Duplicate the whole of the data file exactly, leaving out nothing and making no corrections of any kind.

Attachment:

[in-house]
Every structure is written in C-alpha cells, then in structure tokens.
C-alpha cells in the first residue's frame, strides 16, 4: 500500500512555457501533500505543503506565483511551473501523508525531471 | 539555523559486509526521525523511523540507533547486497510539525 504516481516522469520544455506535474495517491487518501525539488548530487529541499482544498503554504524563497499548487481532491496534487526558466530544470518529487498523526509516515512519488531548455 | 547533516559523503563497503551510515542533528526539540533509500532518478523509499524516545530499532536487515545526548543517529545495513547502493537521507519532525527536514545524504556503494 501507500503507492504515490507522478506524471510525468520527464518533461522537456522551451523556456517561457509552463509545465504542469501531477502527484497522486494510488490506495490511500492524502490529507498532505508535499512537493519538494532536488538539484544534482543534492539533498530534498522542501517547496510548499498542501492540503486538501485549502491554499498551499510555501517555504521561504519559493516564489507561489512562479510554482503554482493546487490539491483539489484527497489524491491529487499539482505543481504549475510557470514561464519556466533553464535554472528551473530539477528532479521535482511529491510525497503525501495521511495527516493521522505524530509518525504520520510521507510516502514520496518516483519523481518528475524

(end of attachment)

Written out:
[in-house]
Every structure is written in C-alpha cells, then in structure tokens.
C-alpha cells in the first residue's frame, strides 16, 4: 500500500512555457501533500505543503506565483511551473501523508525531471 | 539555523559486509526521525523511523540507533547486497510539525 504516481516522469520544455506535474495517491487518501525539488548530487529541499482544498503554504524563497499548487481532491496534487526558466530544470518529487498523526509516515512519488531548455 | 547533516559523503563497503551510515542533528526539540533509500532518478523509499524516545530499532536487515545526548543517529545495513547502493537521507519532525527536514545524504556503494 501507500503507492504515490507522478506524471510525468520527464518533461522537456522551451523556456517561457509552463509545465504542469501531477502527484497522486494510488490506495490511500492524502490529507498532505508535499512537493519538494532536488538539484544534482543534492539533498530534498522542501517547496510548499498542501492540503486538501485549502491554499498551499510555501517555504521561504519559493516564489507561489512562479510554482503554482493546487490539491483539489484527497489524491491529487499539482505543481504549475510557470514561464519556466533553464535554472528551473530539477528532479521535482511529491510525497503525501495521511495527516493521522505524530509518525504520520510521507510516502514520496518516483519523481518528475524